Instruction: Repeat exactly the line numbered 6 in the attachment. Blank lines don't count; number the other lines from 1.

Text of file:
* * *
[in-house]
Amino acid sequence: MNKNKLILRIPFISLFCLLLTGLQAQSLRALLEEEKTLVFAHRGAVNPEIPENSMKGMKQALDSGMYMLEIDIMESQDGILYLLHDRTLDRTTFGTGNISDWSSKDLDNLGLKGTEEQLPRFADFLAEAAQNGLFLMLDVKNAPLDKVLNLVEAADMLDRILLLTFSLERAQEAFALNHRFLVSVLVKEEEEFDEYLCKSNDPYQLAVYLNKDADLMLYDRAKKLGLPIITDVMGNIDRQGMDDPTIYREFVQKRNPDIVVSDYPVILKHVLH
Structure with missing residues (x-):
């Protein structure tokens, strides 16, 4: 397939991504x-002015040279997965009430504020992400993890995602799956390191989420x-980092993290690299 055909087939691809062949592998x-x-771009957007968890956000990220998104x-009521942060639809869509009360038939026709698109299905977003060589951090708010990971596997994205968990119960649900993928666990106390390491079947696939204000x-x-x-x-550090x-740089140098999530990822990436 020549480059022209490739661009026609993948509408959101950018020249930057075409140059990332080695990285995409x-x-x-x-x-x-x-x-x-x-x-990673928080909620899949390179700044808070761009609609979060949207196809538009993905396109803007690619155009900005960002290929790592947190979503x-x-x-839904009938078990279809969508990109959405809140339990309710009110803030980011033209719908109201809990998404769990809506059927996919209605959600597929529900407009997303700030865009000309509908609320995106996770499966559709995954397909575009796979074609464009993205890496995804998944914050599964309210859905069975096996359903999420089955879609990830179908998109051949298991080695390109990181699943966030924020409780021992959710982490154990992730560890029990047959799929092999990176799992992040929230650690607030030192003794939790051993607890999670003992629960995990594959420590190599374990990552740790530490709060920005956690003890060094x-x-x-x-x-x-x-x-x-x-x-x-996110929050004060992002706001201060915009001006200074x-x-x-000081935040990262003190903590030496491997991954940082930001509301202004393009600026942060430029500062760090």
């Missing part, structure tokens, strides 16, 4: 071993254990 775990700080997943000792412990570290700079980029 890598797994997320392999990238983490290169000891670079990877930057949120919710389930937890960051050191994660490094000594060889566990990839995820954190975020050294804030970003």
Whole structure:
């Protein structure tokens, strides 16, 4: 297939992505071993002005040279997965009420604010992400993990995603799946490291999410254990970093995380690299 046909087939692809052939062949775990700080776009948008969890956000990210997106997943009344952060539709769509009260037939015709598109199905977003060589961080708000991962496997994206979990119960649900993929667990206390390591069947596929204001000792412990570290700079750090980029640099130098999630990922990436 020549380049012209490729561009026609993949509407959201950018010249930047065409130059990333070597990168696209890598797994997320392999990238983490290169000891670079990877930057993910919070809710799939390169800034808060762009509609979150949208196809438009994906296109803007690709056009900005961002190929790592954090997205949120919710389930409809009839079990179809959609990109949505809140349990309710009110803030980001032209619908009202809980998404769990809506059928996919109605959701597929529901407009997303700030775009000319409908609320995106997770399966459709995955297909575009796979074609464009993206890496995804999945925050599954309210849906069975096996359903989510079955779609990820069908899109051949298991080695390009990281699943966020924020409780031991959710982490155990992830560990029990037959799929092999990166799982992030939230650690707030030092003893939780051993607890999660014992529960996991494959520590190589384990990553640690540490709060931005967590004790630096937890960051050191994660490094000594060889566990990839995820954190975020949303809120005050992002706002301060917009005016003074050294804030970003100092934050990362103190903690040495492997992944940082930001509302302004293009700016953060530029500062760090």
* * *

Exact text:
Whole structure: